Skip to Content

Chinese immigration to US a win/win

28 Sep

By Charles Foster

It is no exaggeration that Chinese immigration to the US has played a significant role in our mutual history. Starting with Chinese labor coming to California to provide labor for the 1848 California Gold Rush to Chinese investors immigrating to the US today through EB-5 Regional Center investments, Chinese immigrants have become an important thread in the fabric that makes America.

As our Chinese friends know, the Chinese character for “America,” means “beautiful country.” America has been a magnet for significant Chinese immigration to the United States at different stages in our histories beginning with the California Gold Rush of 1848-1853 and later on the constructions of the transcontinental railroad.

It came to an end when Congress enacted the Chinese Exclusion Act in 1882, clearly racist legislation. It remained on the books until President Franklin Roosevelt, at the request of President Chiang Kai-Shek of the Republic of China and to maintain China as part of the Big Four war effort against Nazi Germany and Imperialist Japan, urged Congress to repeal same with the passing of the 1943 Magnuson Act.

For decades President George H.W. Bush has said that China is our most important bilateral relation. The historic visit of President Richard M. Nixon and his National Security Advisor, Henry Kissinger to Beijing in February 1972 set the stage for today’s economic and political relations, but also a renewal of a significant Chinese immigration to the United States.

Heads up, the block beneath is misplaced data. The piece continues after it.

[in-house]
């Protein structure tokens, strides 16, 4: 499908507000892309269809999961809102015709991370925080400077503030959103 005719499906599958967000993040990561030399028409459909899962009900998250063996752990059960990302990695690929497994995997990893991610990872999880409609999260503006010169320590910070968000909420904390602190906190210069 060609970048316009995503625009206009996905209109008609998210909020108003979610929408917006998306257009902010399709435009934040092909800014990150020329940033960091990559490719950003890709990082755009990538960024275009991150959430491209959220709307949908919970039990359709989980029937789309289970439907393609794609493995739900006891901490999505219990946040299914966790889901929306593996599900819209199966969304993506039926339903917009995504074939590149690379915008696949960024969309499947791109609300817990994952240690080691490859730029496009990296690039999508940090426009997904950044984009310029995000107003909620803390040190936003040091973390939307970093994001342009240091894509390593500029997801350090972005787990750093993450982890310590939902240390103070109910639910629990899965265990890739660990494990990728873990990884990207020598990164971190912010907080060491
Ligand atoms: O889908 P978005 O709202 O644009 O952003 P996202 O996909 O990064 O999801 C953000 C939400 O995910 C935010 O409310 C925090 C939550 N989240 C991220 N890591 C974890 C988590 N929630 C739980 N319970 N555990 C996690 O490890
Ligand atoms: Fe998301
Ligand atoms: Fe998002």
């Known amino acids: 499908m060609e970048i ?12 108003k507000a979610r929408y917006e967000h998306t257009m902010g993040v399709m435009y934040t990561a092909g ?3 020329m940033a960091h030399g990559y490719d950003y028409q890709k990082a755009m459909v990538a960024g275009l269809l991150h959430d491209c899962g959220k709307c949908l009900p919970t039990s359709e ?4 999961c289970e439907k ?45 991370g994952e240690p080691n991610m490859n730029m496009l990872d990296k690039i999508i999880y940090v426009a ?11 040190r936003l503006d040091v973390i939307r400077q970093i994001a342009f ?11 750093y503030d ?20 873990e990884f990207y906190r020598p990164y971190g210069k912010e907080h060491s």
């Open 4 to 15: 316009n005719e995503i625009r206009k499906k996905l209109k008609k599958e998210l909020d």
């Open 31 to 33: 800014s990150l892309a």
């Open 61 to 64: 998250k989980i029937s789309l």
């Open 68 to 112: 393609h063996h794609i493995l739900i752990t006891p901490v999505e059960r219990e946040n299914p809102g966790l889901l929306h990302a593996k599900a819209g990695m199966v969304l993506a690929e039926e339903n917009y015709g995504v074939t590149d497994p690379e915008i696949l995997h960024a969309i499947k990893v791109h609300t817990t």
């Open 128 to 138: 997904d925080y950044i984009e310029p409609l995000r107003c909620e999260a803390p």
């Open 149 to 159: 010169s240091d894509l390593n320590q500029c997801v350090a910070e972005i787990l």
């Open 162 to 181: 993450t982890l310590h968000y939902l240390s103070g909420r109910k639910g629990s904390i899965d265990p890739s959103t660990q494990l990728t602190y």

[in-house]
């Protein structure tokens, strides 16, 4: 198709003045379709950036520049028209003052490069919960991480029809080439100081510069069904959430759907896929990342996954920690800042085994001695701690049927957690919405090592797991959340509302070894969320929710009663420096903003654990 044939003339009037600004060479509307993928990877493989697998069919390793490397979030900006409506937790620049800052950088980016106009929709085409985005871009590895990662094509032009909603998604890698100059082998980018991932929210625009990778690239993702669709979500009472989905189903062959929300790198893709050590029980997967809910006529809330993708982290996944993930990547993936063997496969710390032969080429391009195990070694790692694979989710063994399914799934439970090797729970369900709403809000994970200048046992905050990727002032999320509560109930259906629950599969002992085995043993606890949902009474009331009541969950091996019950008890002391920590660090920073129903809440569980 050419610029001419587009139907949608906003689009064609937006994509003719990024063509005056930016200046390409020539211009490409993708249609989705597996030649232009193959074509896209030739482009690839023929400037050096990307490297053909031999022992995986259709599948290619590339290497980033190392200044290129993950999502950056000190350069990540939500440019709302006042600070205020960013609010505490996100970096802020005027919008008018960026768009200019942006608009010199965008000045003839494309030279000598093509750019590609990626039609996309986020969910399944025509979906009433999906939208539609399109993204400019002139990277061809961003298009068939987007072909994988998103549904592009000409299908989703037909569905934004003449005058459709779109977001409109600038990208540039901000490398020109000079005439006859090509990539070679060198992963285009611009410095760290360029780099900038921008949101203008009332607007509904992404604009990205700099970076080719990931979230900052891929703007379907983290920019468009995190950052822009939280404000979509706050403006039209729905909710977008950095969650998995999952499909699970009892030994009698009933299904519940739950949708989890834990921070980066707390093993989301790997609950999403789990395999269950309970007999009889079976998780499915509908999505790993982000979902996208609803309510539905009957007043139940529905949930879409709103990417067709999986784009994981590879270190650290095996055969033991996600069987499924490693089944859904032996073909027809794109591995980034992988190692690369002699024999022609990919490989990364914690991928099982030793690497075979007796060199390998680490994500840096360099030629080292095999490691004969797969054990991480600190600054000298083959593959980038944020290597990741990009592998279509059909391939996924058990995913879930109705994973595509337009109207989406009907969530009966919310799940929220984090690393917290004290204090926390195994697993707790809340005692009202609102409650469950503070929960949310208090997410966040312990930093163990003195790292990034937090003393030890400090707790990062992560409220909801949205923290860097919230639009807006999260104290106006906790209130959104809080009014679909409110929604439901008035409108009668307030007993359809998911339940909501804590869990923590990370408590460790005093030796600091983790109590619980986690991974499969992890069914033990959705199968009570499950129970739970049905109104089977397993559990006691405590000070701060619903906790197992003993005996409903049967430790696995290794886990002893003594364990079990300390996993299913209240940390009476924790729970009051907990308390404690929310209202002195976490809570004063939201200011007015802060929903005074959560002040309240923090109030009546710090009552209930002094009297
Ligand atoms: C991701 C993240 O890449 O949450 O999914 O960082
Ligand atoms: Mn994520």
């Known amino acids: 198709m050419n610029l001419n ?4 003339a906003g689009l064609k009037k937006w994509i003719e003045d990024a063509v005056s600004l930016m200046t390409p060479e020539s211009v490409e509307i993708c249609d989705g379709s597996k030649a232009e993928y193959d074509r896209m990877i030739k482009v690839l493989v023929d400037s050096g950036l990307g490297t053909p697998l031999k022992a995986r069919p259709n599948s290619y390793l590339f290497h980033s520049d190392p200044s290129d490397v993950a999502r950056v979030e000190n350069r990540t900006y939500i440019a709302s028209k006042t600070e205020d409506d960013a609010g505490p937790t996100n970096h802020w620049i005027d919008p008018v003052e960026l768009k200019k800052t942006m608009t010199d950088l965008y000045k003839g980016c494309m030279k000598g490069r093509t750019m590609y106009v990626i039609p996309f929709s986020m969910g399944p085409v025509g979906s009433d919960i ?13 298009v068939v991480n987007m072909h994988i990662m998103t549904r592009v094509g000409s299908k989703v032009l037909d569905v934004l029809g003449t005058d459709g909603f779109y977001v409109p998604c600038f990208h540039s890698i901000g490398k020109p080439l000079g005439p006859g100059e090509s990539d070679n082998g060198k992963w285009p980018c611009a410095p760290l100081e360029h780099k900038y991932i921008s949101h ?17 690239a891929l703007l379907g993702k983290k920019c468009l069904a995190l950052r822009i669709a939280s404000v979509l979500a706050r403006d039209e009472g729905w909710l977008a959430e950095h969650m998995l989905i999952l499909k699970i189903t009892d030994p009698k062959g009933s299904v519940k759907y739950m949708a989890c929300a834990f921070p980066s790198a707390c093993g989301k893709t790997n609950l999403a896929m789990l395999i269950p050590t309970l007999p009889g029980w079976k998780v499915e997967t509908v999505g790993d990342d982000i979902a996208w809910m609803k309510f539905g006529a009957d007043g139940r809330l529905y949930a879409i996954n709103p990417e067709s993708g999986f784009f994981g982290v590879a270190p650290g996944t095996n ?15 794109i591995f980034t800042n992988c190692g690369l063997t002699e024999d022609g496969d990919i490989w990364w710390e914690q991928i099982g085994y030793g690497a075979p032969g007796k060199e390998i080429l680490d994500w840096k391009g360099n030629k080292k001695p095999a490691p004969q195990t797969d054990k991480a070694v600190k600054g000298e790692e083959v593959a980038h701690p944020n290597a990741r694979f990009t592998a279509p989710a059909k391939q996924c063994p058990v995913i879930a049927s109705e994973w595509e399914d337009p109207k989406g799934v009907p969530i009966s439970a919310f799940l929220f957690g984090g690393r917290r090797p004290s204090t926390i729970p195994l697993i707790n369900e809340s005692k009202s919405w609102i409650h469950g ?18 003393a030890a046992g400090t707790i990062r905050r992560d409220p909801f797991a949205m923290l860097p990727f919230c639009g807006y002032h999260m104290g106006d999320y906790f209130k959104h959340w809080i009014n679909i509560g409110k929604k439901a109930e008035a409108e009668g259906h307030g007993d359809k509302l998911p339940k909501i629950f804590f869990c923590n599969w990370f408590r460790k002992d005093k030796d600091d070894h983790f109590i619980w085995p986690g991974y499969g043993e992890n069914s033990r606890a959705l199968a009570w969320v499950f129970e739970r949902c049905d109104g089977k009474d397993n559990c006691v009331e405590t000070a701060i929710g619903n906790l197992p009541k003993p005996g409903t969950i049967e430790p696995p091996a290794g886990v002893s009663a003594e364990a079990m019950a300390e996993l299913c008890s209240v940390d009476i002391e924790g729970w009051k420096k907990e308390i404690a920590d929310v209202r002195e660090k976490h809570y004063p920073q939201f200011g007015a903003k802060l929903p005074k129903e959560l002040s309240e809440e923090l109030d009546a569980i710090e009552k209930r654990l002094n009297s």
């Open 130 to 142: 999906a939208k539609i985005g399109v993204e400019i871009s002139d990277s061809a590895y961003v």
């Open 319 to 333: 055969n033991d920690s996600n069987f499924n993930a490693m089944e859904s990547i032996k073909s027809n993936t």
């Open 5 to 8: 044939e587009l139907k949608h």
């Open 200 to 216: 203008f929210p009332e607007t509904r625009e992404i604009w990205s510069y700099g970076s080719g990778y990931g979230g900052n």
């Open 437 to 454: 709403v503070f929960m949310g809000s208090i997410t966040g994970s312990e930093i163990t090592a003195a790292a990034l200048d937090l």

Chinese immigration to the US after World War II remained anemic given our 1923 quota system based upon the National Origin Act, which was heavily weighted in favor of northern Europeans with China only being given the minimum 105 annual visa numbers. The door to China did not begin to reopen until President John F. Kennedy proposed and President Lyndon B. Johnson enacted the Immigration and Nationality Act of 1965 abolishing the National Origins Act and establishing worldwide quotas based upon family reunification and job skills.

It was not anticipated that the ’65 legislation would dramatically change the make-up of immigration to America given the fact there were very few Chinese Americans that had immediate family members residing in China. But when the US with the greatest higher education institutions opened our doors to the most populated country in the world, China sent bright Chinese students in ever increasing numbers to study in the best US universities.